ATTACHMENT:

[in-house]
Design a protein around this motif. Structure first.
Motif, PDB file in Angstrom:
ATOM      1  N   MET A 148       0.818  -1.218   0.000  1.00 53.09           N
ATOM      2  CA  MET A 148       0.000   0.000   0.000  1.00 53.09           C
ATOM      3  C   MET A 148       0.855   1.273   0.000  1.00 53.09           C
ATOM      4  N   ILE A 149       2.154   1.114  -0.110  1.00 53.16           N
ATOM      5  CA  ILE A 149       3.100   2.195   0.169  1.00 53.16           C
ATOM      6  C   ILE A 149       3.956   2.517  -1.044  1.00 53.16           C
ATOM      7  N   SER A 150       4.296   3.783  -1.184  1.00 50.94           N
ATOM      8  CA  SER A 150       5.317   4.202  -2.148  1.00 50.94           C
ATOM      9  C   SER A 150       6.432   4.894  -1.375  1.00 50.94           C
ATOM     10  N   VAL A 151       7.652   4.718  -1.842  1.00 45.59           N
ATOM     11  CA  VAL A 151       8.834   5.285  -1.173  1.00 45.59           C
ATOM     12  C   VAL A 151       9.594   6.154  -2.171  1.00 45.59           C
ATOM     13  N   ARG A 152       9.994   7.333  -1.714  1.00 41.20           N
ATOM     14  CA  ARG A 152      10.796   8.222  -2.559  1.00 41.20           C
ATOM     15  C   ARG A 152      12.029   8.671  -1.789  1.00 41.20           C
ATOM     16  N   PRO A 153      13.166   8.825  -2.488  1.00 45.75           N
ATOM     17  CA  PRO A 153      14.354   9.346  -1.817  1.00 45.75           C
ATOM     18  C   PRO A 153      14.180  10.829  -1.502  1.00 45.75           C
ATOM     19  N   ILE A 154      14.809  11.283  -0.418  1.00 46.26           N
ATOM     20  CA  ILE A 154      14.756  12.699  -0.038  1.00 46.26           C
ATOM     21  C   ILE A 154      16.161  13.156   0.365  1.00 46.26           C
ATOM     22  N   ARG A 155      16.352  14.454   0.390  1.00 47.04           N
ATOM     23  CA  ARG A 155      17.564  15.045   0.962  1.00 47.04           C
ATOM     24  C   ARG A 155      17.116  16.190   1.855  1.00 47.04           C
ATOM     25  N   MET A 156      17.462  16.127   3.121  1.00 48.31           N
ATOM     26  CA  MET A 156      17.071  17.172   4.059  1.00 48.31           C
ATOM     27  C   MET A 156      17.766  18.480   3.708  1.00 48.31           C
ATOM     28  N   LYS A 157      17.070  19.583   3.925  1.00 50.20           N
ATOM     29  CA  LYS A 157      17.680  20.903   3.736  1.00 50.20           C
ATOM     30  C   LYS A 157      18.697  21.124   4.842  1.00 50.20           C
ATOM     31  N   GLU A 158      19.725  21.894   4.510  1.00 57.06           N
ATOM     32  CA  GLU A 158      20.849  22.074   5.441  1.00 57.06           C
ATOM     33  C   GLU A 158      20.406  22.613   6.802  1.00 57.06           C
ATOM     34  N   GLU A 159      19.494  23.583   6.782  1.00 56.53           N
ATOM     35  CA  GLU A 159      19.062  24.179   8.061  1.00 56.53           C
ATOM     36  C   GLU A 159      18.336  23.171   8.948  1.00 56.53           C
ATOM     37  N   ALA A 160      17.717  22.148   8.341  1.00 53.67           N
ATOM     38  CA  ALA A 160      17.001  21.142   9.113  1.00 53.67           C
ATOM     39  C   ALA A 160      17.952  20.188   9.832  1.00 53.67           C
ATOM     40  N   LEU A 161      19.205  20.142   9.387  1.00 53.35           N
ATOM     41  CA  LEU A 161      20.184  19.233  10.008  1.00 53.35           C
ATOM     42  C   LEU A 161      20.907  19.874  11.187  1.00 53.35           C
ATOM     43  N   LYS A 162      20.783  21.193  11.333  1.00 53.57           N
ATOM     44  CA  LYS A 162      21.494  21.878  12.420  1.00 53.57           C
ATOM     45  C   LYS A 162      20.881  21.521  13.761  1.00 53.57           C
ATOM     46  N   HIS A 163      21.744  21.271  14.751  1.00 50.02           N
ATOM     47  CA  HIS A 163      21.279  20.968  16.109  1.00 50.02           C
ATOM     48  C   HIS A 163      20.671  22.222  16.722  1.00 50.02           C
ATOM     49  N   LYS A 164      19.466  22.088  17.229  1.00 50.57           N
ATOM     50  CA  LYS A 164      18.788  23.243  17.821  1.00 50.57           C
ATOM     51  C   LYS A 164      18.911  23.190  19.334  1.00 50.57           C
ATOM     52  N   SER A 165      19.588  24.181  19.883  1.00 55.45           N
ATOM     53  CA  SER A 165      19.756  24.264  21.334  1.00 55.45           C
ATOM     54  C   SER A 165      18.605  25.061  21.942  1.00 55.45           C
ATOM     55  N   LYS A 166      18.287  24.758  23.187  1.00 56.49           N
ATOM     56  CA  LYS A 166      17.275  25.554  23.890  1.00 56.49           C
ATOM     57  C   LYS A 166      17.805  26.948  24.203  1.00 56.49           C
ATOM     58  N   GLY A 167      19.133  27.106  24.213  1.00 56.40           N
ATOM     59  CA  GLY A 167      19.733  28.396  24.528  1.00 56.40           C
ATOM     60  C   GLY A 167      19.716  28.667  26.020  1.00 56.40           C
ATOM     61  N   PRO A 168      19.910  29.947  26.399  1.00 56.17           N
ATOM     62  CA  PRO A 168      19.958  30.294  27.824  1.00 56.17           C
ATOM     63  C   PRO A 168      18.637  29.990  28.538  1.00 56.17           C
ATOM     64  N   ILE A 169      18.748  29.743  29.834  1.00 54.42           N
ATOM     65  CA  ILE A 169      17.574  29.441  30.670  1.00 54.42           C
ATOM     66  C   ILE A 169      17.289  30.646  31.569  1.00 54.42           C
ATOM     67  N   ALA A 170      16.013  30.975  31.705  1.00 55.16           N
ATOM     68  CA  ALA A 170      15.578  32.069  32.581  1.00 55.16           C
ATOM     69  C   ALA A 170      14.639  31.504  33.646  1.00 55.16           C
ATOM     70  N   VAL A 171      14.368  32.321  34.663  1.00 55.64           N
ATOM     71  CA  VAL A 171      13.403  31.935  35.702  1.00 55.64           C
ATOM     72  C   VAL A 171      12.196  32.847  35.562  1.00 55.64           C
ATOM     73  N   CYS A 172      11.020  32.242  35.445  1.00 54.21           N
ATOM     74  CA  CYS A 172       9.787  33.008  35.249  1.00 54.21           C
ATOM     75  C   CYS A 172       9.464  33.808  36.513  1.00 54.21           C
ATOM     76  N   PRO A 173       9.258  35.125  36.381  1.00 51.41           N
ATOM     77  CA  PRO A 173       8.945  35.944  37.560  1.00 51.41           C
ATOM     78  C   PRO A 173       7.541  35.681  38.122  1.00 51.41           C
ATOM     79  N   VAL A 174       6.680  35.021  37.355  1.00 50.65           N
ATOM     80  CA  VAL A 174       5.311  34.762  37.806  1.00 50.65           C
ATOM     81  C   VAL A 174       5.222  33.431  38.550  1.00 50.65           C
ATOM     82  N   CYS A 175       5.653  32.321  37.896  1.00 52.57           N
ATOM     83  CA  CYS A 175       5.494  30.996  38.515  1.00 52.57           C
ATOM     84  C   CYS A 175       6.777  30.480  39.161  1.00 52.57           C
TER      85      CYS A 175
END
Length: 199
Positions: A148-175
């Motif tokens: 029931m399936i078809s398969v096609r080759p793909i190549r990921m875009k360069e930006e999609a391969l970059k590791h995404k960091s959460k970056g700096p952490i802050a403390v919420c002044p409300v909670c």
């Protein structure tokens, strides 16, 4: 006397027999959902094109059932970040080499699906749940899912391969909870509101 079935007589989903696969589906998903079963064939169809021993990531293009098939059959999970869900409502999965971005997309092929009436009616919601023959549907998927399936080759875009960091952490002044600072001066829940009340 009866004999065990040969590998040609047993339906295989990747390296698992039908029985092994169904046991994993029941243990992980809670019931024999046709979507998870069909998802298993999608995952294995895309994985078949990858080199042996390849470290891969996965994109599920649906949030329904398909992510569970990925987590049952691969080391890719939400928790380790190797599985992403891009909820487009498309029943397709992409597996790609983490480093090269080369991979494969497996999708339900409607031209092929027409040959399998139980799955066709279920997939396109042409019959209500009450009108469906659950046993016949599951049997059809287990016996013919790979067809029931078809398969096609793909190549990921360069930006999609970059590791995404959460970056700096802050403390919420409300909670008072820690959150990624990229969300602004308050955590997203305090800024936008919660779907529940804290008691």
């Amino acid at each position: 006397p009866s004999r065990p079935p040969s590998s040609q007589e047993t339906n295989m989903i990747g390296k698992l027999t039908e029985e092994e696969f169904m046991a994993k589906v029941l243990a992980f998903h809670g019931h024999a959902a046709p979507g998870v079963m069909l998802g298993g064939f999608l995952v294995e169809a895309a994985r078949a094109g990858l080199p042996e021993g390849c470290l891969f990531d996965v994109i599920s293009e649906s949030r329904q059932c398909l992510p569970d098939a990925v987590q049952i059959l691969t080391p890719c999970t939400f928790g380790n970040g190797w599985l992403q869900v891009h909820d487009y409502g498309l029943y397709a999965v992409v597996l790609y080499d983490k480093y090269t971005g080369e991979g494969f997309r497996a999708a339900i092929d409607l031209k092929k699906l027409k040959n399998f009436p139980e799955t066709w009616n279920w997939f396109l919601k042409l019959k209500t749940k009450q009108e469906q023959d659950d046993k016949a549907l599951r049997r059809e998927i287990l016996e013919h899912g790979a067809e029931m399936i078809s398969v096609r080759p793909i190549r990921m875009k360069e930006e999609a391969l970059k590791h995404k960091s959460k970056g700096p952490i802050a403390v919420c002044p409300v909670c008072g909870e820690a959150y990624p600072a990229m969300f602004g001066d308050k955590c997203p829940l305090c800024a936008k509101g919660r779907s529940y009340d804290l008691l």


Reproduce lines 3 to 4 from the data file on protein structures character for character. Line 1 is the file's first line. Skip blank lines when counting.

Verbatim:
Motif, PDB file in Angstrom:
ATOM      1  N   MET A 148       0.818  -1.218   0.000  1.00 53.09           N